The Secret to Creating Content that Resonates
The efficacy of traditional outbound marketing channels—such as print advertisement, radio ads, and TV commercials—is in decline. As a result, savvy B2B marketers have turned to inbound tactics like content marketing and opt-in email marketing to provide customers with compelling, relevant, valuable content. But the question is: How do you know if your content is compelling?
In order to make your brand resonate, you need to create experiences that strike a chord. The purpose of making an emotional connection with your content is to get your audience to do one thing: Choose your brand over the others.
Just like brand agencies are tasked with creating an emotional appeal, your content marketing efforts—in all their forms—must carry the same responsibility. Your content should shift perception, drive preference, and ultimately lead to a purchase.
Connect on a human level
There are a number of ways your content can strike a chord with your audience. It could be through humor, delight, or showing that you care about your customer’s problems.
To create an emotional connection, your content needs to:
- Link an idea with an emotion
- Convey enough emotion for the story to be memorable
- Describe how and why an organization overcame a real-world obstacle
- Intrigue in both style and format
Here at Tendo, in blogs, videos, white papers, eBooks, and even tweets, we use storytelling to help clients connect with audiences and build brand engagement.
In all your content, you need to communicate in a way that rings true and generates a visceral reaction. One of the best ways to do that is to tell the story of a customer struggle. In Demand Gen Report’s 2018 Content Preferences Survey of 168 B2B marketing and sales professionals, 79% of respondents cited case studies as highly valuable content in their buying journey. More than half (51%) said that peer input was the most valuable sources of information during the buying process.
According to writer, director, and screenwriting lecturer Robert McKee in the Harvard Business Review, “Cognitive psychologists describe how the human mind, in its attempt to understand and remember, assembles the bits and pieces of experience into a story, beginning with a personal desire, a life objective, and then portraying the struggle against the forces that block that desire.”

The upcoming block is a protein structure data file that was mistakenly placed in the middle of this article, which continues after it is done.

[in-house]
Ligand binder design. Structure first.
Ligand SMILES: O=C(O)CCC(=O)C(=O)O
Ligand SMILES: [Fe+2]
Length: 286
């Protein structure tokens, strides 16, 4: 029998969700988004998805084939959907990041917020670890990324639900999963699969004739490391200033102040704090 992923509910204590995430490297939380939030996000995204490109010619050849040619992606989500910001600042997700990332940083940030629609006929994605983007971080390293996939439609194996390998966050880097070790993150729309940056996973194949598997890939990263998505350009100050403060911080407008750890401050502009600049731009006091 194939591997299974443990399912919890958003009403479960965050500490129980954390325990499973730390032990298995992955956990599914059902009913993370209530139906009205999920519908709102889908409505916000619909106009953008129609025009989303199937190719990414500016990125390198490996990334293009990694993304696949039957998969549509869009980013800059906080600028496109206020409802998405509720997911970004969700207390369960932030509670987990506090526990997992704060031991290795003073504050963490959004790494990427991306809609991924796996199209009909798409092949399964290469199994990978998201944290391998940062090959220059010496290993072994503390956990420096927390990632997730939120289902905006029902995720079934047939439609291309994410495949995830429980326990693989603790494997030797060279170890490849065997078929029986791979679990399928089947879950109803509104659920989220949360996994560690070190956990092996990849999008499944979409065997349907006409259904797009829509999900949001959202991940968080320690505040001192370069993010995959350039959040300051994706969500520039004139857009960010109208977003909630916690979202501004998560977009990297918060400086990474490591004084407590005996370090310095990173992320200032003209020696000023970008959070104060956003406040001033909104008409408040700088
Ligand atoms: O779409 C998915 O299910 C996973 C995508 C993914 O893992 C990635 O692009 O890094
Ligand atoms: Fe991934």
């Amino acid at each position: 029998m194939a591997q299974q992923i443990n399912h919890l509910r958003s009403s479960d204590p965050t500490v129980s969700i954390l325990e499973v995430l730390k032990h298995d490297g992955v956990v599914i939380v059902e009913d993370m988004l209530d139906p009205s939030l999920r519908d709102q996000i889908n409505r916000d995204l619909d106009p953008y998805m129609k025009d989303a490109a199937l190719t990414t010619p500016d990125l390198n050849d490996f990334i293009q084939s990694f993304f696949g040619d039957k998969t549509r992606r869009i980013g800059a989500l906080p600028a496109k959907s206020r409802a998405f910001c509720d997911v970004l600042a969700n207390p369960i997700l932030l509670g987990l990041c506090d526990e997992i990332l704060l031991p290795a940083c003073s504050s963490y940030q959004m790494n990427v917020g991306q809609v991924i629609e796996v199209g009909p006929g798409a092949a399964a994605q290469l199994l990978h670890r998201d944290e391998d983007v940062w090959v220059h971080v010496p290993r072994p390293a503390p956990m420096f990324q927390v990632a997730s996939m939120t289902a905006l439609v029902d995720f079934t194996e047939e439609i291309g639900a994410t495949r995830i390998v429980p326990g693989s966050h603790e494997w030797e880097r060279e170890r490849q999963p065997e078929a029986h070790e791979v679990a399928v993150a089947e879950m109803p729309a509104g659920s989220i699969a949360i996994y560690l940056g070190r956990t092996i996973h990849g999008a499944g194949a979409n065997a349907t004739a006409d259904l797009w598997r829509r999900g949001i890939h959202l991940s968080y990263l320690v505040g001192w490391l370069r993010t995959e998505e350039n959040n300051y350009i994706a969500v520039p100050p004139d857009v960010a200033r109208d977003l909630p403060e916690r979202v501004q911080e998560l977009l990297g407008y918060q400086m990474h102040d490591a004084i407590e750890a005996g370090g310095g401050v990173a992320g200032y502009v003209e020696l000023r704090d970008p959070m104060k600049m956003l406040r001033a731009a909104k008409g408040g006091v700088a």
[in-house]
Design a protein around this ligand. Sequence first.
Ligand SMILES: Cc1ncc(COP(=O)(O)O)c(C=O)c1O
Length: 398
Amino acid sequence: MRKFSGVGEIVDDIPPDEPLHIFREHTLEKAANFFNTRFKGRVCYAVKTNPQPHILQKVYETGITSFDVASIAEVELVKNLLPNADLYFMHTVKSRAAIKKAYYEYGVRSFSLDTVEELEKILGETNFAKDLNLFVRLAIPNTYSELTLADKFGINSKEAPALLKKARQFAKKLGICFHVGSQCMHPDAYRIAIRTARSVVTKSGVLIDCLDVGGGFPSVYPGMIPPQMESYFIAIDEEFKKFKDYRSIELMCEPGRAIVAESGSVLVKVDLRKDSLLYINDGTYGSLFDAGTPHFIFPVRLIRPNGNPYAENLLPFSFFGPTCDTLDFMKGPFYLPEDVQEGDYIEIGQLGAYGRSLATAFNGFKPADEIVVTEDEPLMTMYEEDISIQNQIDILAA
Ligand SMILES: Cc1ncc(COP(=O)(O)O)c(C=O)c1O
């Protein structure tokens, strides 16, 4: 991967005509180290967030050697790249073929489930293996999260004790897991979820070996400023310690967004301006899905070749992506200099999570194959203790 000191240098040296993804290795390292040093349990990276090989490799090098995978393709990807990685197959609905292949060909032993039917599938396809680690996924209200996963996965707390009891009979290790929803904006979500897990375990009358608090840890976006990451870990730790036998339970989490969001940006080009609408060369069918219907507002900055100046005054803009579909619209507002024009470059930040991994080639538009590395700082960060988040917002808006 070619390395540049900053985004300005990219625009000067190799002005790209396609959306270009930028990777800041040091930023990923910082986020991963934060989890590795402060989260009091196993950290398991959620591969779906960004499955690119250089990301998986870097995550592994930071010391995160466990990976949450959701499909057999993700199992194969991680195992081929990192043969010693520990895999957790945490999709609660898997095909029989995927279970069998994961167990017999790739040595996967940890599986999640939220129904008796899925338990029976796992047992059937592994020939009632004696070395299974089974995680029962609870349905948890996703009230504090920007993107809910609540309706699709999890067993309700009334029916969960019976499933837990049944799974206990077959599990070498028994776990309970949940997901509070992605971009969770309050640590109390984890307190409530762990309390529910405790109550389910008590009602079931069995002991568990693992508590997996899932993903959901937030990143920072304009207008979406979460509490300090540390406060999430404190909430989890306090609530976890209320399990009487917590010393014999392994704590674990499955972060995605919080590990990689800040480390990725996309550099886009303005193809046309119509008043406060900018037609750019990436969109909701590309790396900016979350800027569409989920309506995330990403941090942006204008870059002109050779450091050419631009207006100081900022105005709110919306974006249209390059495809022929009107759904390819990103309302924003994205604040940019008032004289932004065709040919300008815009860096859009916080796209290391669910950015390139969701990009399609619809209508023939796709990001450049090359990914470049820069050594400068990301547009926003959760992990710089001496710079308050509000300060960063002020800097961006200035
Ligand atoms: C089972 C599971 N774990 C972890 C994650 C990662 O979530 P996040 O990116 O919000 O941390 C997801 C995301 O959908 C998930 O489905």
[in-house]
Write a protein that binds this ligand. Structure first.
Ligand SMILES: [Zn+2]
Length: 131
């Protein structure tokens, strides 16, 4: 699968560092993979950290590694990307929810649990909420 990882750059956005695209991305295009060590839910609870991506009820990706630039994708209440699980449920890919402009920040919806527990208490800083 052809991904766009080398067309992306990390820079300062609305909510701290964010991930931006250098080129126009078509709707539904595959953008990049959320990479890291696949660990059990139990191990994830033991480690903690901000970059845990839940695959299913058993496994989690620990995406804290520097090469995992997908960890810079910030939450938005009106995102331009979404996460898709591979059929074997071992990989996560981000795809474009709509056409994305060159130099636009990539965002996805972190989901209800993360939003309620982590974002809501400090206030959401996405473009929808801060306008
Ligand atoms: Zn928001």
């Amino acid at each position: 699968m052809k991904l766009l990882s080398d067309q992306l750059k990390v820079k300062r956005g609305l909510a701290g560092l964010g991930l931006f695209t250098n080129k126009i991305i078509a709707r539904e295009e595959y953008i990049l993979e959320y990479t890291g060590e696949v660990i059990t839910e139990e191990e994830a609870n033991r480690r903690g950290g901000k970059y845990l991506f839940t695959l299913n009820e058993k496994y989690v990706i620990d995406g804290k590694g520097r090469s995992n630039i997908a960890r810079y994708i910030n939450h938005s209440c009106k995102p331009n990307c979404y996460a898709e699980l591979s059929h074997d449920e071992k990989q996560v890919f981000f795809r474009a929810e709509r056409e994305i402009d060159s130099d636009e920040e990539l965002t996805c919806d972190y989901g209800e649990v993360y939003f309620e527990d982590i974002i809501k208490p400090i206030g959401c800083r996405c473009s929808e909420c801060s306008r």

Tales of failure and triumph
One of the most highly trafficked blog posts we’ve ghostwritten for a client describes the ways in which an entertainment company tries and initially fails to implement new technology. By detailing the false steps the company takes, the client achieves several goals:
- Keep the audience reading to find out what happens
- Demonstrate that the client understands customer pain points
- Ensure the audience retains the information
Even though the piece is ostensibly about technology, the story revolves around very human failings: poor communication, pride, and ego. These problems crop up in any business relationship. People identify with this struggle and want to learn ways to resolve it. Audiences turn to customer stories so they can avoid falling into similar pitfalls.
Success stories are a big draw as well. Another popular blog we’ve ghostwritten details how a company achieved its goals in record time. The piece portrays the hurdles the company overcame with real-world examples of what took place. And we’ve written several case studies and white papers that describe how a customer uses a client’s solution to achieve business goals, such as increase end-user engagement, solve business problems, and drive more revenue.
Customer stories lay the foundation for brand loyalty. The more emotionally invested that people are in your company, the more likely they’ll turn to you for new products and solutions.
Something went wrong with the twitter. Please check your credentials and twitter username in the twitter settings.